Crisis in a Household: Coping with division
10th Sunday in Ordinary Time Year B
How to justify the present hurts? “Everything was sweet till all of the sudden I feel hatred from his face. He doesn’t want to see me anymore. Where have I gone wrong?” The very words used in ‘fallen stars’, year 1285, to describe the broken relationship. There are times when you hear the well known voice and hide yourself for shame. Trust disappears from your face, smile is stolen and you also change your direction. The bond is now sick and the hurt is grave.
After being saved from slavery, the people traced back the cause of their disobedience and unfaithfulness; the story of the fall of the first parents was responsible for division in the household. The first fall sets a pattern of predictable behaviours. *Adam hears* the voice God in the garden; *he feels guilty* for what he has done; *he runs and hides himself* because *he is afraid*. (Genesis 3:9-11)
God looks for the root of the unhealthy behaviour that set division in the happy family of the garden. The breach in God-man relationship is caused by an outsider. The chain of accusers goes back to the serpent, the outsider who divides. God condemns the fall, he curses the serpent but he still wants to save the relationship: “The child of the woman will strike your head, serpent! And you will strike his heel.” (Cf. Genesis 3:12-15) Once the relationship is broken, trust is no more and shame is enthroned but all is not over. Love is still.
We also believe, and so we speak that everything is for your good, for the grace of God to increase in you. So we must not lose heart. Our external bonds are broken but our internal bonds are renewed day by day. For this slight momentary affliction is preparing us for an eternal weight of glory beyond all measure. If your earthly tent and bonds are destroyed, you have a building from God, a household not made with hands to welcome you. (Cf. 2 Corinthians 4:13 – 5:1)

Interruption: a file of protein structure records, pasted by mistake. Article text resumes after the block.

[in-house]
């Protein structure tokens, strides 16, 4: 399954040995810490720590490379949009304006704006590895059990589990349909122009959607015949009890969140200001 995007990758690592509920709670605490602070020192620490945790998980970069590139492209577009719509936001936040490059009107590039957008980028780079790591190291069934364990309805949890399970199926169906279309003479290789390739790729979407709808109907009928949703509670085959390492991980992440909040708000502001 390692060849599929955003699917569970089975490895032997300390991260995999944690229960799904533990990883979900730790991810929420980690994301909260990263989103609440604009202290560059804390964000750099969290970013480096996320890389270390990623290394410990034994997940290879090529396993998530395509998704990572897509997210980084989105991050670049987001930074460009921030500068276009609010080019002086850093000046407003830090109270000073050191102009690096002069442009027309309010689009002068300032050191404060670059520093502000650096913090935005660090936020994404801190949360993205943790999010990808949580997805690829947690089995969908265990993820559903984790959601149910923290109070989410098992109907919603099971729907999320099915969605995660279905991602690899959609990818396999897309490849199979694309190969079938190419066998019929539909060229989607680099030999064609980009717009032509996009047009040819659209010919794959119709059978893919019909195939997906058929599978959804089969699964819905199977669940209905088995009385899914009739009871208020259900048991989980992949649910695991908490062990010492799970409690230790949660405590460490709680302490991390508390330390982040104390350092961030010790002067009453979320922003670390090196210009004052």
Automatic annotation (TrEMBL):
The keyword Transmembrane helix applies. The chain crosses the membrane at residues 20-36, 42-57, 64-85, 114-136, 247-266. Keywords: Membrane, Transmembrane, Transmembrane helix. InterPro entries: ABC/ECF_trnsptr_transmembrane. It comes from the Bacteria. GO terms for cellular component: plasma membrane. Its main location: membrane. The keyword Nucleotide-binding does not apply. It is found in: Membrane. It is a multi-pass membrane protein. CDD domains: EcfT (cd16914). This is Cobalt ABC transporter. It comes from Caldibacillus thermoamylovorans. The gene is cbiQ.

Where have things gone wrong that after leaving home for a while, Jesus returns home speaking against the tradition and people crowding around him? The conclusion sounds logical: “what has happened to him over there? He has gone out of his mind. He is possessed. Let us bring him home to recuperate him.” (Cf. Mark 3:20-22)
Jesus’ relatives could not accept that the one they have lived with for 30 years sets himself against the tradition they carefully handed over to him. His family wants to bring him home to knock some sense into his head. But Jesus wants to keep the new order of things; so he defines his new family. And looking at those who sat around him, he said, "Here are my mother and my brothers! Whoever does the will of God is my brother and sister and mother." (Cf. Mark 3:23-35)
Jesus does not waste time on the fact that he was rejected and misunderstood even by relatives. His philosophy is very appealing; it is translated in words: _“I don’t know where things went wrong. I will not focus on those who run away from me. I define my new relatives. If you reject me I get other people around me.”_ The wedding is ready, but those invited were not worthy. I call on anyone willing to have fellowship with me, for I must celebrate this great event. (Cf. Matthew 22:1-10)
If you want to mend your broken relationship that was caused by rejection, you might spread your wounds. New relations will get your wound healed slowly. What can you do if the foundations are destroyed?" (Psalms 11:3) If God should mark iniquities, who could stand? But there is forgiveness with God. So wait and hope for your love who has gone astray; your loved one will recuperate. (Psalms 130:3-5) Define your new family bonds with new people who welcome you.
Fr. Simon, SMA